The 2017 Solar Eclipse has people thinking about new moons and fresh starts. Entrepreneurial Studies is an increasingly common, new way to "view" business education and has young and older alike, thinking about fresh starts of their own. Nearly 200 colleges in the U.S. offer programs in entrepreneurship. Many skillsets are taught in the classroom; others derive from sheer drive and hustle.
There are nearly 29 million small businesses in the United States.
Owning a business doesn’t require a formal education. Still, colleges and universities worldwide have been expanding their reach into entrepreneurship.
More and more curricula include entrepreneurial studies, because millennials say they want the freedom that comes with being self-employed. Many universities offer studies in franchising.
Craig Ahlquist is the “entrepreneur in residence” at Southern New Hampshire University’s School of Business. Ahlquist—who sold his software development company in 2006—retired at age 46. A few years later, he served on a local economic development advisory committee alongside William Gillette, dean of SNHU’s College of Business.
Ahlquist—a 1980 graduate of SNHU—jumped at Gillette’s offer to fill a newly created part-time position as entrepreneur in residence. “When Bill and I talked, a lot of business schools like SNHU were following a trend with entrepreneurial studies. I wanted to be part of it,” says Ahlquist.
Ahlquist’s experience gives SNHU students direct access to a successful entrepreneur. He offers advice on the importance of preparation to those with business ideas.
“We talk about how to figure out next steps. You have to keep your eyes peeled on the horizon and plan accordingly,” says Ahlquist.
In addition to planning, these skillsets are critical to entrepreneurial success:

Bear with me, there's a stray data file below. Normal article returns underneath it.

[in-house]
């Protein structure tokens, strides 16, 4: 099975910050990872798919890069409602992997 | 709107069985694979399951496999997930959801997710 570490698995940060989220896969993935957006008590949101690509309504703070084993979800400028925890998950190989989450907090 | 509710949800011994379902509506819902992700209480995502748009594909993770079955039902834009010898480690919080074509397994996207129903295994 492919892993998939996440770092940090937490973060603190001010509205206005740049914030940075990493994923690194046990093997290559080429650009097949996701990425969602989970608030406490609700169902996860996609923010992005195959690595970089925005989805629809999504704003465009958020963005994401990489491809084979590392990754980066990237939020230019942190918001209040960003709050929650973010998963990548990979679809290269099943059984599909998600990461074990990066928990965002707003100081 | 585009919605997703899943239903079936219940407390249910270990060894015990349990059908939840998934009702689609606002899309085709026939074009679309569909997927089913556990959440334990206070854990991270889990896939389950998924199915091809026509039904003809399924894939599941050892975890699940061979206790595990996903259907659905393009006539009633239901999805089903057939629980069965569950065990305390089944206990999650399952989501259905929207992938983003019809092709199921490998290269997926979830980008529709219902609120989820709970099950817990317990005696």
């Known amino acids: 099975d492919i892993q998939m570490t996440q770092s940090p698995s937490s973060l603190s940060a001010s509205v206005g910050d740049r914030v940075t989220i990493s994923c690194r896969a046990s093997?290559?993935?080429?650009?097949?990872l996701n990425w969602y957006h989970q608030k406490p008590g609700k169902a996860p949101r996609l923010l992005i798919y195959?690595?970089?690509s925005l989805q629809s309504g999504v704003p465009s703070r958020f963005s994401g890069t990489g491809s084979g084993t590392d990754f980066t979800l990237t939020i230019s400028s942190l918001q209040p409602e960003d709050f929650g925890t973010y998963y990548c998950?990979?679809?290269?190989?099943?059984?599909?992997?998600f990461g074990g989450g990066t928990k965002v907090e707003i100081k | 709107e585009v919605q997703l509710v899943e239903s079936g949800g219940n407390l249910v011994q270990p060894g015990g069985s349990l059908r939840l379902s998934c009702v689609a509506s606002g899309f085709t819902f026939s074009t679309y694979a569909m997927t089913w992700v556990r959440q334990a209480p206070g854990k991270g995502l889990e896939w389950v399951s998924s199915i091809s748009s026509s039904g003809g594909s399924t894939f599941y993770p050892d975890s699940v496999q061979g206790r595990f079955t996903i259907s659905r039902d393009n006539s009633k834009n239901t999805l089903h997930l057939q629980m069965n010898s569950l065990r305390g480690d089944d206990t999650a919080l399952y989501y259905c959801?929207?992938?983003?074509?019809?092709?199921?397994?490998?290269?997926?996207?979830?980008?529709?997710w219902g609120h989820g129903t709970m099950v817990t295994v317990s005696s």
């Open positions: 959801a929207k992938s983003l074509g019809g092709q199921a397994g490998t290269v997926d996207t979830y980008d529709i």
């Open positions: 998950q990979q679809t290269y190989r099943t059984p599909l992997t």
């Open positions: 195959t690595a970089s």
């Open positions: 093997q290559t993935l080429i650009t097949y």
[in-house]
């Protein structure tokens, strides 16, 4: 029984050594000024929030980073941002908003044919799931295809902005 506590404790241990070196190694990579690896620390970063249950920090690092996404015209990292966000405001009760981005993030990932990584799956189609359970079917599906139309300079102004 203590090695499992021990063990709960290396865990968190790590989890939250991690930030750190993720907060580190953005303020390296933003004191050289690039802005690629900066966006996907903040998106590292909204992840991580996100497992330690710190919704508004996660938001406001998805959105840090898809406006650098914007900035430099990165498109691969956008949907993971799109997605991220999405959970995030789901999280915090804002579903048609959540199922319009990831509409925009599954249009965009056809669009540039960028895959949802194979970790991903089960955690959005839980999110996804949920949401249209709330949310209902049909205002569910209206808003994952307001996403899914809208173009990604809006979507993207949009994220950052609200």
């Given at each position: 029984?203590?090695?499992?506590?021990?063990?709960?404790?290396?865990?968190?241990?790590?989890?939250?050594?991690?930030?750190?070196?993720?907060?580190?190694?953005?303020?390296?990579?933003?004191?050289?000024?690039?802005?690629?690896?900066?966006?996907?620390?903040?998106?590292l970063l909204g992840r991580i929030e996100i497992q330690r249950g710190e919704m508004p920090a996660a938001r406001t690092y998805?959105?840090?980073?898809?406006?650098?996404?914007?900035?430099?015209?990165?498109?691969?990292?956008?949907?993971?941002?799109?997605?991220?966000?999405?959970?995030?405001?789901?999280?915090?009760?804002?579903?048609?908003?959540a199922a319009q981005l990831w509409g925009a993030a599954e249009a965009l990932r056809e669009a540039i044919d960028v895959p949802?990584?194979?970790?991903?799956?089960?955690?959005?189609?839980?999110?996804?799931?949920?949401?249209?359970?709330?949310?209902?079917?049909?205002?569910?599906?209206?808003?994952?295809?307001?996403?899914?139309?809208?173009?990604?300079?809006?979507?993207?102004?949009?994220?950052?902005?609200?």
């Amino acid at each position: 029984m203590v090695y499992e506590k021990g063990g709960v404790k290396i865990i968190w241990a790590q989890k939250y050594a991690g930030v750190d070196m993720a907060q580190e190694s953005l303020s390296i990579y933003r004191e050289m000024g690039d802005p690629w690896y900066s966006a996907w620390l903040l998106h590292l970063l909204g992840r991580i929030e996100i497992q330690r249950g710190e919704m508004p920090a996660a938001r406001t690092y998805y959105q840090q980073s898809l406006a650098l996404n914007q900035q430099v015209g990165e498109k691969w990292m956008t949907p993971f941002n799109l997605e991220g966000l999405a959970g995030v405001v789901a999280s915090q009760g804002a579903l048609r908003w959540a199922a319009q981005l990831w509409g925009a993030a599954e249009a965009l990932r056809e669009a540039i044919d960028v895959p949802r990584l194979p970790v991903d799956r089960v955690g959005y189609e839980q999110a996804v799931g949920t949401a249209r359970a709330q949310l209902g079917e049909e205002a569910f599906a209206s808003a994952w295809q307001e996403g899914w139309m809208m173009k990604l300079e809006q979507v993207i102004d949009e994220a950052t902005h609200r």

- Intuition. A study from the firm that publishes the Myers-Briggs personality assessments said successful business owners learn how to trust their gut. They are big-picture thinkers who see possibilities that others might miss, reports CNBC.com. Perception is a differentiator as well, the study concluded.
- Consistency. Ahlquist says his father’s philosophy about hustling helped get him through long hours and hard work. “He said if you’re in all the places all the time, eventually you’ll be at the right place at the right time.”
- Curiosity. Marc Crouch, founder and CEO of Firedrop, a web development company, says he watched his entrepreneurial parents run their company for years, only to fall victim to technology. Entrepreneurs need a “raging curiosity and a thirst for learning and discovery that can't be quenched,” says Crouch.
- Collaboration. A willingness to ask for help is crucial for the self-employed. According to a post on Crowdspring.com about entrepreneurial women: “No one person possesses the complete skill and expertise needed to run a business. That’s why we grow networks, hire employees and go to conferences.”
Ahlquist says humility is another key factor. In the early days of his software development company, Ahlquist didn’t draw a paycheck for 18 months.
“My wife and I ate a lot of peanut-butter-and-jelly sandwiches for dinner,” he says.